Guest Editorial: Mapleton dairy gets the boot
Paul Opfar, a 28-year-old Utah County native, decided to live his lifelong dream and build his own dairy. Problem was, choosing Mapleton as home for his agriculture enterprise turned his dream into a nightmare.
Mapleton City's Web site 'Vision Statement' proclaims, "We Encourage: Agriculture, parks, green spaces, etc." and early Utah settlers made the Mapleton bench their home under the Homestead Act around 1870, using it for livestock grazing, timber and farming.
Continuing 130 years of Mapleton tradition, Opfar entered the ranching ranks with a 120 head beef cattle operation, but always wanted a dairy. In 2005 he approached the city and was granted a building permit for his dream. He transformed the cattle ranch into a dairy and with a Mapleton City's conditional use permit in hand, began milking in October of 2006.
Within days of the first milking, nearby residents that had built their homes in an agricultural zoned (A-2) portion of the Mapleton bench, complained that manure stinks and cows attract flies. Certainly not rocket science.
Paul was brought before the Mapleton City Board of Adjustment in February 2007 and ordered to come up with a plan to mitigate odor and fly concerns.
For the record, Mapleton City Ordinance 18.28.010 states, "The A-2 zone is established to provide areas in which agricultural pursuits can be encouraged and supported within the municipality."
Paul is a young farmer, milking 65 cows twice a day, who holds down a full-time job with Provo City and whose wife is expecting twins in the coming weeks. He has spent more than $300,000 getting his agribusiness up and running and has been hit with mounting legal expenses trying to live his dream.
In a March 14 letter to Mapleton's Mayor, the Utah Farm Bureau pointed out that Utah State law provides protections for agriculture operations. In 1995 and again in 2001, the Utah Legislature re-affirmed the state's protective statutes against nuisance lawsuits.
The legislature declared, "agriculture operations that are consistent with sound agriculture practices are presumed to be reasonable and do not constitute a nuisance unless the agriculture operation has a substantial adverse effect on the public health and safety." There is no legal precedence that identifies livestock odor as constituting a substantial adverse effect on the public.
Ironically, it was a dark, stormy night in late March 2007, when Paul presented his odor plan to the Board of Adjustment. The weather was but a precursor of what was to transpire as the evening progressed.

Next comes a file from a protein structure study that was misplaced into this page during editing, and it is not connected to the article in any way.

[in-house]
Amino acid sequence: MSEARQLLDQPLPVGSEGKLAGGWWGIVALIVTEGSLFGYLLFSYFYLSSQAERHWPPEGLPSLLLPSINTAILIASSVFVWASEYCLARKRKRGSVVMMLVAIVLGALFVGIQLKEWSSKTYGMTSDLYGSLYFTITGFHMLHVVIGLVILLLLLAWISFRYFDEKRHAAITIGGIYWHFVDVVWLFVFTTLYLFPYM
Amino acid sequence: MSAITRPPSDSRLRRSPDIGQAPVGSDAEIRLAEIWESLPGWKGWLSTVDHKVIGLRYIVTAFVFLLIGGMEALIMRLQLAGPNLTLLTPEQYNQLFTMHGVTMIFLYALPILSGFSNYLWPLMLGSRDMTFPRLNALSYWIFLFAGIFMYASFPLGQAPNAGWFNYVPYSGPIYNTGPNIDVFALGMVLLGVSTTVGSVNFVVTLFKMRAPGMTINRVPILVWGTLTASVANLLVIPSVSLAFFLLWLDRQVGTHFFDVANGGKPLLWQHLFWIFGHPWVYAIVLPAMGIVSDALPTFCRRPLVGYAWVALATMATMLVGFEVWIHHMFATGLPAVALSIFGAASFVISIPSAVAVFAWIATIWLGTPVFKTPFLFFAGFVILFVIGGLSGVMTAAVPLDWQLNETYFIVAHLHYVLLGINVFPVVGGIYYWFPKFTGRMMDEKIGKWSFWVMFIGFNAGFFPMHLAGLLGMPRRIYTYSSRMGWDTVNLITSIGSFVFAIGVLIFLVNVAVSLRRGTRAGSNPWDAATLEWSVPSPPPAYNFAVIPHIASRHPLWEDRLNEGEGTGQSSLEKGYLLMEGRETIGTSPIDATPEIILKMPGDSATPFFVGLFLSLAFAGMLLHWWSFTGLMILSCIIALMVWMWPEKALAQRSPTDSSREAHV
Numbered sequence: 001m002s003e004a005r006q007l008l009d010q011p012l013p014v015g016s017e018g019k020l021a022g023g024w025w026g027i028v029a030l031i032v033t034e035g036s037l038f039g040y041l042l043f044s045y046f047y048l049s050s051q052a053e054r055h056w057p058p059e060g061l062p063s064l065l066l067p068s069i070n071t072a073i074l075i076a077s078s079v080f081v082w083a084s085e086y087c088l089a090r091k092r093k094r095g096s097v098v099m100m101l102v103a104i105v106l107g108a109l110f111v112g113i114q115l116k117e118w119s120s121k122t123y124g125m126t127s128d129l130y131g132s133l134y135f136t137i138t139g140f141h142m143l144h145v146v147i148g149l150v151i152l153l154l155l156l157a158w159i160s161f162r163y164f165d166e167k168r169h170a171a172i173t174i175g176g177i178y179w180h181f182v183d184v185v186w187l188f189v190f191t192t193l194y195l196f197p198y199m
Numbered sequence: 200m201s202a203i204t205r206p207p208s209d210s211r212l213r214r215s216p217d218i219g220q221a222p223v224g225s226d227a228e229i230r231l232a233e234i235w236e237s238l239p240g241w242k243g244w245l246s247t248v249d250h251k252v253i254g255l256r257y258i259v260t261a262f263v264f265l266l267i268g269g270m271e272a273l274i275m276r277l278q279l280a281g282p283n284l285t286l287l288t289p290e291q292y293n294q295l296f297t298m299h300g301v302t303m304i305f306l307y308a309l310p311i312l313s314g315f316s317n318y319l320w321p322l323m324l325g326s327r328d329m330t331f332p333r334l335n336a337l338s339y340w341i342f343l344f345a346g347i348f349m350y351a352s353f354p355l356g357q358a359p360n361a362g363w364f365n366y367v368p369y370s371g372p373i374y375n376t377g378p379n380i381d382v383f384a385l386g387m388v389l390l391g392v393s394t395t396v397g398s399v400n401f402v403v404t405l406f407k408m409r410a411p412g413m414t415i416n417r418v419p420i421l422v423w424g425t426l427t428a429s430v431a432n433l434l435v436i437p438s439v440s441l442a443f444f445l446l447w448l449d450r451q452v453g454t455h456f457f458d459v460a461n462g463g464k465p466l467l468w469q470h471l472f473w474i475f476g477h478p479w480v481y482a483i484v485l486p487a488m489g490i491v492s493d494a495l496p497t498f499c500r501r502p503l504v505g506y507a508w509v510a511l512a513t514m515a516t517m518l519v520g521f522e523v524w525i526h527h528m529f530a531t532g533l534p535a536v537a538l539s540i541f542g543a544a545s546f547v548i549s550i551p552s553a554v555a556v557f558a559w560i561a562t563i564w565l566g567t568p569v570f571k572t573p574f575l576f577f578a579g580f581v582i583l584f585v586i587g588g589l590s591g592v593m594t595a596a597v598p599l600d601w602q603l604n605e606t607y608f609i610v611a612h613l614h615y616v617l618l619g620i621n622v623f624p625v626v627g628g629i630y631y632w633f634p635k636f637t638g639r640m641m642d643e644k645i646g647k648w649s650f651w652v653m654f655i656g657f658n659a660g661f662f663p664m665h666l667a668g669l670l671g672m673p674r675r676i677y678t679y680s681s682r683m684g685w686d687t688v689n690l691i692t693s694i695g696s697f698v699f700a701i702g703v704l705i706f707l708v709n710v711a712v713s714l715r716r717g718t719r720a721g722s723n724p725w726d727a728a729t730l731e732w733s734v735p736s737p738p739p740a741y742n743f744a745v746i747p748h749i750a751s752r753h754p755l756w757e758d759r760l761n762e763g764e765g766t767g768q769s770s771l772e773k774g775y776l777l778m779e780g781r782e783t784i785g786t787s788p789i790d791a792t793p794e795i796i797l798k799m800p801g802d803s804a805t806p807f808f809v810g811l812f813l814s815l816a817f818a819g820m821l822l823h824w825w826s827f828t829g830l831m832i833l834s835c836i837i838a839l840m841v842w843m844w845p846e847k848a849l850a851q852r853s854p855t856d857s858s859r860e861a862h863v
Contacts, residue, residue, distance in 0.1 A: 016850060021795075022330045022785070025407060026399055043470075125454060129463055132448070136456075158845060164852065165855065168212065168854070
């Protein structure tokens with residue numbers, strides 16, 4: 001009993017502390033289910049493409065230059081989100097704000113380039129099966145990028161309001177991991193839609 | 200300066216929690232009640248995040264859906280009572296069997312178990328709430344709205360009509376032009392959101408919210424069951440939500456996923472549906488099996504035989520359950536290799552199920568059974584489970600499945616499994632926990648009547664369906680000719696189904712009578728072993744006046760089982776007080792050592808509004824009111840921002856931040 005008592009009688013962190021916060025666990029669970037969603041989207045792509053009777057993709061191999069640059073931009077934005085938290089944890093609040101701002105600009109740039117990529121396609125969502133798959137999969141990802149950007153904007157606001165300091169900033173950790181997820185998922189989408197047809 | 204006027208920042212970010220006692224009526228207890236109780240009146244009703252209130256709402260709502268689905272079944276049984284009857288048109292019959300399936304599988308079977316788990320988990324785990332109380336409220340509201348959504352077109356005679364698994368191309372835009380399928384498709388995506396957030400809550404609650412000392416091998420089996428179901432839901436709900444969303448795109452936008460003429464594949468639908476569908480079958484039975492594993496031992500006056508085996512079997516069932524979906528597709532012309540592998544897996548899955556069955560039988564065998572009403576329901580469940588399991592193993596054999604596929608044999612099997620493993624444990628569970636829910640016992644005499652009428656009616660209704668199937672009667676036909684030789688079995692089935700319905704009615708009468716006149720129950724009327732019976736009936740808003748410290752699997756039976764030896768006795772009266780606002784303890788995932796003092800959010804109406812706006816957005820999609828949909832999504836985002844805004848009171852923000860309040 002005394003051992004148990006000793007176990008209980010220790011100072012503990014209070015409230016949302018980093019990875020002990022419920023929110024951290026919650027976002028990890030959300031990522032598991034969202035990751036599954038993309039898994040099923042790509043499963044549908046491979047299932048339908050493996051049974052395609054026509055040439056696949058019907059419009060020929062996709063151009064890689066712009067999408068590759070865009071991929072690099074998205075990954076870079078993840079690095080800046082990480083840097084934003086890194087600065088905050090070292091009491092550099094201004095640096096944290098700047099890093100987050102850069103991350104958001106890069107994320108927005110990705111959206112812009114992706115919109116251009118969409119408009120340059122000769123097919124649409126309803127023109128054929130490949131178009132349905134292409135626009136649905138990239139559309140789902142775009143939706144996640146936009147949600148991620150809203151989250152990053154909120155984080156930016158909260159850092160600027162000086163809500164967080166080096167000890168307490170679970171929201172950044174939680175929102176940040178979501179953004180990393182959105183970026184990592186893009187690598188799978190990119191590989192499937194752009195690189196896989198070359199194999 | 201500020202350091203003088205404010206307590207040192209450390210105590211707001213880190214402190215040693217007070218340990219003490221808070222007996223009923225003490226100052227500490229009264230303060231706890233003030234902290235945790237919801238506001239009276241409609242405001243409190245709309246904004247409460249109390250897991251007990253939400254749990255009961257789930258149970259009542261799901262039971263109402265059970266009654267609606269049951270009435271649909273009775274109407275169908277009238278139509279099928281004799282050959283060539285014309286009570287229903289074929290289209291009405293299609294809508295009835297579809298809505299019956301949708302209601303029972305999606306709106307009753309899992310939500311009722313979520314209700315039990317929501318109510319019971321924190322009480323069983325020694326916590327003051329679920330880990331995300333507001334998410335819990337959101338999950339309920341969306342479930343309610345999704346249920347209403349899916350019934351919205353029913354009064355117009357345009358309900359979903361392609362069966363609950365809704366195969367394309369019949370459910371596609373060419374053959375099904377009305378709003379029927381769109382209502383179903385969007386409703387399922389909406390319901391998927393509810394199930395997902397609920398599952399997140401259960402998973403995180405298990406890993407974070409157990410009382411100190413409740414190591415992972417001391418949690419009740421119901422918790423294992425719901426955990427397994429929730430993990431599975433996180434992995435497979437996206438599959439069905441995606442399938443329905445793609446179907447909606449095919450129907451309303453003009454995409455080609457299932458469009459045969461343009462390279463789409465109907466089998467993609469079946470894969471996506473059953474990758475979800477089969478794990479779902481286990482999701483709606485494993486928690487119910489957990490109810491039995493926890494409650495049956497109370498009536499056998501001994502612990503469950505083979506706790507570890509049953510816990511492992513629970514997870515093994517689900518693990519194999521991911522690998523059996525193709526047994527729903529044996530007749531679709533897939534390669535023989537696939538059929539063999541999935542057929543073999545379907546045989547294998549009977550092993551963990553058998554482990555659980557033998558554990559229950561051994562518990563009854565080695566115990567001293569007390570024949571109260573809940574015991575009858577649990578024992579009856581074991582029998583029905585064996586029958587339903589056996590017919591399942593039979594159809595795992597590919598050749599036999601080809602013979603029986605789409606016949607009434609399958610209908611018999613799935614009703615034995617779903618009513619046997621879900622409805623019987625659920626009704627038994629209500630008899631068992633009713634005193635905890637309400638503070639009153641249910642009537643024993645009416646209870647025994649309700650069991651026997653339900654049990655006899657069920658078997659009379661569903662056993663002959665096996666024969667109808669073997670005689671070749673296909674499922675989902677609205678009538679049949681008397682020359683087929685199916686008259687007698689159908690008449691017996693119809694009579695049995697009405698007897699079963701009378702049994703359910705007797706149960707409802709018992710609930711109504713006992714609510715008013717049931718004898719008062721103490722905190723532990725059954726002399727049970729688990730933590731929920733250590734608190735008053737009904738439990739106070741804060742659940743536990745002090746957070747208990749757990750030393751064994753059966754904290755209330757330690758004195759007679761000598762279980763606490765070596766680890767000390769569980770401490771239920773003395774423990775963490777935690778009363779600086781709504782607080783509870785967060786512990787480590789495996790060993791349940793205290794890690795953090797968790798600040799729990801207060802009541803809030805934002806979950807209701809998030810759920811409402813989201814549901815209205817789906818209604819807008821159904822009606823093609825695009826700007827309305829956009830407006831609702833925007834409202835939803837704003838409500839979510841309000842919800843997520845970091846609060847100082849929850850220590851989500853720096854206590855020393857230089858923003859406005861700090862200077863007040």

The manure management plan, prepared by Utah State University Extension Specialist Dallin Smith was ridiculed and attacked by members of the Board and legal counsel for the neighbors. Adding insult, the Board would not allow for testimony that would have pointed out that Smith is part of the Utah Partners for Conservation Team and Utah's EPA Award Winning AFO/CAFO Program dealing with manure management. Nor did they hear about the hundreds of management plans that Smith has helped design. Board of Adjustments Chairman Boyd Adams said "it [the plan] was just too vague."
Prior to the Board vote, the Mapleton City Attorney pointed out that Paul had received the appropriate legal instruments from the city and warned that a Board of Adjustment revocation of the conditional use permit could provide grounds for legal action against the city. On a 5-0 vote, the appointed (not elected) Board of Adjustment ordered Opfar to shut down his dairy. The city gave him 30 days to comply.
With mounting legal fees and dwindling resources, Paul accepted a settlement with Mapleton City this week for the modest amount of $202,000. I say modest when in comparison to the more than $400,000 in construction and labor costs already invested in the dairy.
Paul Opfar implemented his business plan and made financial investments in good faith based on Mapleton City's building permit, conditional use permit, compliance with state licensing and applicable standards that apply under the local agriculture zoning ordinances.
Rural lifestyles and values continue to attract our city cousins. Development continues to gobble up thousands of acres of farmland annually. Utah's $1.3 billion agriculture industry has some minor inconveniences - dust, noise, odor and flies. At the same time, Utahns and Americans continue to enjoy the safest and most affordable food in the world today.
A city friend once told me, "We ought not complain with our bellies full." That's "Food for Thought."